In developed nations, people spend most of their time indoors, where air pollutant concentrations are often higher than outdoors. Particulate matter can form indoors when gaseous outdoor compounds condense or react chemically.
Nicola Carslaw and colleagues at the University of York, UK, modeled concentrations of particulate matter and ozone in identical hypothetical offices in three cities. They calculated particulate formation from the degradation of 17 volatile organic compounds, using measurements from a 2012 study as input. The model simulated indoor air conditions during an intense heat wave in August 2003 and a more typical August in 2009. Milan was at the center of the 2003 heat wave, Athens was at the periphery, and Helsinki was not affected.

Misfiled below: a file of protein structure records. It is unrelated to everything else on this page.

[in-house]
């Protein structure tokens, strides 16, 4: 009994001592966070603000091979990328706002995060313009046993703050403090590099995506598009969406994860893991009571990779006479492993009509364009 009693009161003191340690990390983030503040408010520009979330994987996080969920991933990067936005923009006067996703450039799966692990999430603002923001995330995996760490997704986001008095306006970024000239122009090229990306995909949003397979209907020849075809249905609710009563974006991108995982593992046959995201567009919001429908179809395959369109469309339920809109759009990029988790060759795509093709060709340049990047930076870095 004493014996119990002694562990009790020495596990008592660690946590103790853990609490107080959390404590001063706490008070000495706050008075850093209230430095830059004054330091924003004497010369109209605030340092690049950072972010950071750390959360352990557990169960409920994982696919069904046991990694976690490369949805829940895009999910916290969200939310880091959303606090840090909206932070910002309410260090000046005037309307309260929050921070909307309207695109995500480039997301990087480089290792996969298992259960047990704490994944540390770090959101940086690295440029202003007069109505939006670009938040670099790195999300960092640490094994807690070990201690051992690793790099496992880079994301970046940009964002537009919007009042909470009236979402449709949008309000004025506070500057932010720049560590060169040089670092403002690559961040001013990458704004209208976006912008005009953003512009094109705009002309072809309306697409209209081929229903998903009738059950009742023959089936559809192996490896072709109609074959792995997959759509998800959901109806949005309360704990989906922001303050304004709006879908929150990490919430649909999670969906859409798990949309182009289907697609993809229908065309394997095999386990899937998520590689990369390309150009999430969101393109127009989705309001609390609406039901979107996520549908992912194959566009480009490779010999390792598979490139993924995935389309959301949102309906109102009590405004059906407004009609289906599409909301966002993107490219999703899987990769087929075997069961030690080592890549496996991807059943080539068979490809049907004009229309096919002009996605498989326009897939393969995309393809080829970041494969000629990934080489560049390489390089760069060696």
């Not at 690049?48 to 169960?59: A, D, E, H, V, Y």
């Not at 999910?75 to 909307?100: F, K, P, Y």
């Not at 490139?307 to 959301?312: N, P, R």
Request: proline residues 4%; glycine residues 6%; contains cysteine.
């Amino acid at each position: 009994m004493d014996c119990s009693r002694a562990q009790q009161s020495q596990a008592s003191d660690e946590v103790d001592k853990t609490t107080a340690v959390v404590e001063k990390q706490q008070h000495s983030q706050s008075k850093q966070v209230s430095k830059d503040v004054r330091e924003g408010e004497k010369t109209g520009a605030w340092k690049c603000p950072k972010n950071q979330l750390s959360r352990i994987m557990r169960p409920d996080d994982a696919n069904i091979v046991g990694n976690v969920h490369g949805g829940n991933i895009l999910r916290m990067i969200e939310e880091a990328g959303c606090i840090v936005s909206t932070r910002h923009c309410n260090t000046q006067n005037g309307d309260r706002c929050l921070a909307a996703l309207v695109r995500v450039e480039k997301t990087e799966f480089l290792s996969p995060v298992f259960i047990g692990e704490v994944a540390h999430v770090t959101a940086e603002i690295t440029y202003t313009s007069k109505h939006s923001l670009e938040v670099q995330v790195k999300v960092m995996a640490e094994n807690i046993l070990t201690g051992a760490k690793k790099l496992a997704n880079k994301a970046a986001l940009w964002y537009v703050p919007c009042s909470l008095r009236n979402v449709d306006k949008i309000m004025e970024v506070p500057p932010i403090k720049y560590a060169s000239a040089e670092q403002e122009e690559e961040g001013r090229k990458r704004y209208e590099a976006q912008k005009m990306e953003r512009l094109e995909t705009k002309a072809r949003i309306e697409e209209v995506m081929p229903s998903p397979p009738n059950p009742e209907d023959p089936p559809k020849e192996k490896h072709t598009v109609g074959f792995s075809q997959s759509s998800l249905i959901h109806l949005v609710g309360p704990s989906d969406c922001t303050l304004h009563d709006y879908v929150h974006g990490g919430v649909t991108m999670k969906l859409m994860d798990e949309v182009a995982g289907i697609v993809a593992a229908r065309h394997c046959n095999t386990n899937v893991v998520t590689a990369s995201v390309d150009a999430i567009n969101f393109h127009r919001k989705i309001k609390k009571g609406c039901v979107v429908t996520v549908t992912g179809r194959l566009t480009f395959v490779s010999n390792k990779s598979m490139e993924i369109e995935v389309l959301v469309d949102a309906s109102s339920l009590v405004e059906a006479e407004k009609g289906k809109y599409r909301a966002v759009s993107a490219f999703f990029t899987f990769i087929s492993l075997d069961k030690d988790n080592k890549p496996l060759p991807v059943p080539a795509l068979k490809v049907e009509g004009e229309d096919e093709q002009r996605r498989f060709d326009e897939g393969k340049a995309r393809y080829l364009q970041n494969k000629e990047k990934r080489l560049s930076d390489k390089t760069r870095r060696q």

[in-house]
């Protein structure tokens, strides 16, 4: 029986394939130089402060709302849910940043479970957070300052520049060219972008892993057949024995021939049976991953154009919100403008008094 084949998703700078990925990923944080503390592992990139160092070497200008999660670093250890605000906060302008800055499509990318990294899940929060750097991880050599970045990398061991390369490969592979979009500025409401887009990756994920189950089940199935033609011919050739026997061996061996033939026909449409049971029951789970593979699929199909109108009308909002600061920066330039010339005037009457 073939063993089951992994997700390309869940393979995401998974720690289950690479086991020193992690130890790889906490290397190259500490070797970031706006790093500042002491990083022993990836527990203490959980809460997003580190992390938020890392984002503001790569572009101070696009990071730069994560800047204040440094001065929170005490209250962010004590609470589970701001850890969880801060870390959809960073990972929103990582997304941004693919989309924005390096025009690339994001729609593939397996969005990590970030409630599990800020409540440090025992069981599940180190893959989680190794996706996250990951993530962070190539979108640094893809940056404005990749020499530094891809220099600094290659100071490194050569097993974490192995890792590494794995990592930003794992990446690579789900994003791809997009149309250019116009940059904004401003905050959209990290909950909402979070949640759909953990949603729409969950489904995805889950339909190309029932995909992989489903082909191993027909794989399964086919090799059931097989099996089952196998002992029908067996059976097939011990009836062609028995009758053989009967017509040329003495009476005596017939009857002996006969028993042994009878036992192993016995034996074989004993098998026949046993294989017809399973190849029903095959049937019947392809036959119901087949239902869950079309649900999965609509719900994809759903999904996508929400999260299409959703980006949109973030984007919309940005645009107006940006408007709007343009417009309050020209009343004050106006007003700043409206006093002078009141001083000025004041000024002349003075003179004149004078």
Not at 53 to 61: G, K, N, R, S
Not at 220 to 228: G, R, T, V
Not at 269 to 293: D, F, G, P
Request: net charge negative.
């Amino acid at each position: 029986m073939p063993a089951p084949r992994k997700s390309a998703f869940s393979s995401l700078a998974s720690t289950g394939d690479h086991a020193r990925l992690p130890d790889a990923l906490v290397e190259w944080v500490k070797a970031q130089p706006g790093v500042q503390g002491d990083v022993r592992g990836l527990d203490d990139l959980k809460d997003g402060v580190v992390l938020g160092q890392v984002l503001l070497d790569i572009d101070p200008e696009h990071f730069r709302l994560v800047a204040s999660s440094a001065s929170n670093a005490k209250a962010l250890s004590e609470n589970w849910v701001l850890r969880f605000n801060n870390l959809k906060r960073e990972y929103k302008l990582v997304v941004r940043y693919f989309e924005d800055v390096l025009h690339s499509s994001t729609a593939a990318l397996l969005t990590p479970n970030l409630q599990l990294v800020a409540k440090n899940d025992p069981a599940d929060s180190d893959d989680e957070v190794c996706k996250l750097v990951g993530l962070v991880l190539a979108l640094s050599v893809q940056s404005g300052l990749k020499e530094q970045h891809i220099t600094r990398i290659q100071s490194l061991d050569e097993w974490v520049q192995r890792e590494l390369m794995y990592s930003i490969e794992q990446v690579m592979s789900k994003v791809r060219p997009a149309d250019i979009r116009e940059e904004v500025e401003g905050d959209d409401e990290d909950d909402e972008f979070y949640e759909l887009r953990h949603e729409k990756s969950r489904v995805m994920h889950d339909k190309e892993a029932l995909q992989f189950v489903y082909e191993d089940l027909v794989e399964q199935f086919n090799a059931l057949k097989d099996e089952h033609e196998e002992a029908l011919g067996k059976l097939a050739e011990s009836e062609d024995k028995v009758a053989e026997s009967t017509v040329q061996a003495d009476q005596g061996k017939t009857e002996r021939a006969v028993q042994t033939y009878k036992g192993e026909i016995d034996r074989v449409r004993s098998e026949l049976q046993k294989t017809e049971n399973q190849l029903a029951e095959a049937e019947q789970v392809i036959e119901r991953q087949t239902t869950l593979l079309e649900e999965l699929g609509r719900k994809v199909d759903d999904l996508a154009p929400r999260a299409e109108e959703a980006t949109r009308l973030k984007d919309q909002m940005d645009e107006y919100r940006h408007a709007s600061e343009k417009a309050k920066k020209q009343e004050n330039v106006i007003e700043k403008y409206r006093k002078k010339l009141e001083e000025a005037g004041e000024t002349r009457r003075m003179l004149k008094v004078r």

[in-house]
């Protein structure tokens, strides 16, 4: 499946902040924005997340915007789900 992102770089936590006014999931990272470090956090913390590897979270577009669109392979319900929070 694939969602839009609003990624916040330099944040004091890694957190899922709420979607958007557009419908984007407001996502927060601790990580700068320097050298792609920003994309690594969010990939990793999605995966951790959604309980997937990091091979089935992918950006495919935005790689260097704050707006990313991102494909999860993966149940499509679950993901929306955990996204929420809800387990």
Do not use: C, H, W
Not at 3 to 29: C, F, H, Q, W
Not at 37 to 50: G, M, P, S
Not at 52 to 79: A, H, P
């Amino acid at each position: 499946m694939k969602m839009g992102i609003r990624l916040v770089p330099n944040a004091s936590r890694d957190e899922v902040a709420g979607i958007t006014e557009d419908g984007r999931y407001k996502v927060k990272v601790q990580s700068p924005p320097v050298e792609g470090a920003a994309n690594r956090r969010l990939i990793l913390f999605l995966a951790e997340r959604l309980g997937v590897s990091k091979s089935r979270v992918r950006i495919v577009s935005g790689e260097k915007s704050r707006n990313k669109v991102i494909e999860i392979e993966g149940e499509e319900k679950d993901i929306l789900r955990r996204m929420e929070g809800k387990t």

Indoor pollutant concentrations were significantly higher in the heat wave scenario: outdoor biogenic emissions increased, and office ventilation system filters performed less effectively. Indoor ozone concentrations ranged from twice to more than six times the levels for 2009 scenario. Gaseous particle precursors from outdoors, notably plant terpenes, eluded air filtering systems and formed particulates indoors.
This observation has implications for the current trend toward “green walls” on buildings.
- Crucial Role for Outdoor Chemistry in Ultrafine Particle Formation in Modern Office Buildings,
Nicola Carslaw, Mike Ashmore, Andrew C. Terry, David C. Carslaw,
Environm.Sci. Technol. 2015.